Improvements in or relating to the removal of oxygen from gases and to the use of gases so treated

  • Inventors:
  • Assignees: Stamicarbon
  • Publication Date: April 20, 1955
  • Publication Number: GB-728530-A

Abstract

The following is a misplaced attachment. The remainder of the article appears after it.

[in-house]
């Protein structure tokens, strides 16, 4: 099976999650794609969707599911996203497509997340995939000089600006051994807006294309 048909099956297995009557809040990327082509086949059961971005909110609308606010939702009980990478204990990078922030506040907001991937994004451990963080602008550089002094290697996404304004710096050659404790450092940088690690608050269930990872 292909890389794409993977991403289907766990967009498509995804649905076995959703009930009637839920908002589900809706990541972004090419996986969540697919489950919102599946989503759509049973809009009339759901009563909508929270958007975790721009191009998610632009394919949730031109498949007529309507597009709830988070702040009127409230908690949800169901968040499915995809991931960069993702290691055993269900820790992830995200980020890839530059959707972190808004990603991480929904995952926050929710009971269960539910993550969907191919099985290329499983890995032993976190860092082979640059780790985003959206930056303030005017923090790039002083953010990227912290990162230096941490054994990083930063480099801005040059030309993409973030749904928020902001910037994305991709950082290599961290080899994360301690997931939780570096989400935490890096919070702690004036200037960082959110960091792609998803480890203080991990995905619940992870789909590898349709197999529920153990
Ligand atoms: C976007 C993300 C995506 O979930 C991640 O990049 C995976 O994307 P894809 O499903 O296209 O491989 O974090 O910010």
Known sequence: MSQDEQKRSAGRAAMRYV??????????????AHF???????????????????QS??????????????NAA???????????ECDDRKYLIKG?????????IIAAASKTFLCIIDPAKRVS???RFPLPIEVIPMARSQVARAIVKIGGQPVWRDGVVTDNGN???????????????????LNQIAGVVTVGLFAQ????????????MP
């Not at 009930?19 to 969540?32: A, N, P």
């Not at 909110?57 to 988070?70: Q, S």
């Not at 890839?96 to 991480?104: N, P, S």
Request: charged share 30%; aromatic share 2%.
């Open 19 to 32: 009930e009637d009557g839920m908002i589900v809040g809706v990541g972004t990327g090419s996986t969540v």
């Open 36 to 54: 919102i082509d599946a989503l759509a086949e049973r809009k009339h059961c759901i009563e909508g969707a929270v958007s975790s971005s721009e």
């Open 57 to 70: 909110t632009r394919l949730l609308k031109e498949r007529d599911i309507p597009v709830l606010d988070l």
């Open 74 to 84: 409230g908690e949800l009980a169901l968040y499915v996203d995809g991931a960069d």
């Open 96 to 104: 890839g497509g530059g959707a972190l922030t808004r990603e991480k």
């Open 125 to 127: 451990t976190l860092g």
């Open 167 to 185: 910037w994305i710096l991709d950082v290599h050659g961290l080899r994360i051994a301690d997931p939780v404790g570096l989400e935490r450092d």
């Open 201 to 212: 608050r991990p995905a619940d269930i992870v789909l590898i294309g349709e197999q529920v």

Substantially oxygen-free nitrogen, which has been prepared by passing nitrogen, containing small amounts (i.e. not more than 10 per cent) of oxygen, over finely divided coal at not exceeding 450 DEG C. or below the softening point of the coal if this is below 450 DEG C. (see Group III), is employed as an inert medium in the polymerization of lactams, e.g. caprolactam. The oxygen content of the nitrogen is reduced to below 0.001 per cent. The polymerization products are colourless, and filaments spun therefrom have good mechanical properties and are not subject to repeated breakage.ALSO:Free oxygen is removed from a gas, e.g. nitrogen, hydrogen, argon, and carbon monoxide, by passing the gas over a finely divided, i.e. not greater than 5 mm. grain size, coal at not exceeding 450 DEG C., but below the softening temperature where a softening coal is used and continuing the treatment until a substantially oxygen-free gas is obtained. Coal may be anthracite, bituminous coal, or lignite, of grain size 0.1-3 mm., and where the coal does not soften below 450 DEG C. the treatment may be effected at 360-380 DEG C. or where the softening temperature is 320 DEG C. the treatment temperature may be 270-290 DEG C. Alternatively, the temperature may be below 60 DEG C., e.g. 45-50 DEG C., but the activity of the coal is not maintained for so long. The gas contains not more than 10 per cent., preferably not more than 3 per cent. oxygen, and the content is reduced to less than 0.001 per cent. The coal may be preoxidized, either by using it for effecting the process at below 30 DEG C., or by leading air through. In an example (1) preheated nitrogen containing oxygen is passed through meagre coal at 300-350 DEG C. and then through silica gel. Some carbon dioxide, carbon monoxide, or water vapour may be formed during the process. Nitrogen treated by the process may be used for ammonia synthesis, for analysis and as inert atmosphere during the polymerization of lactams. Argon treated by the process is very suitable for arc welding.

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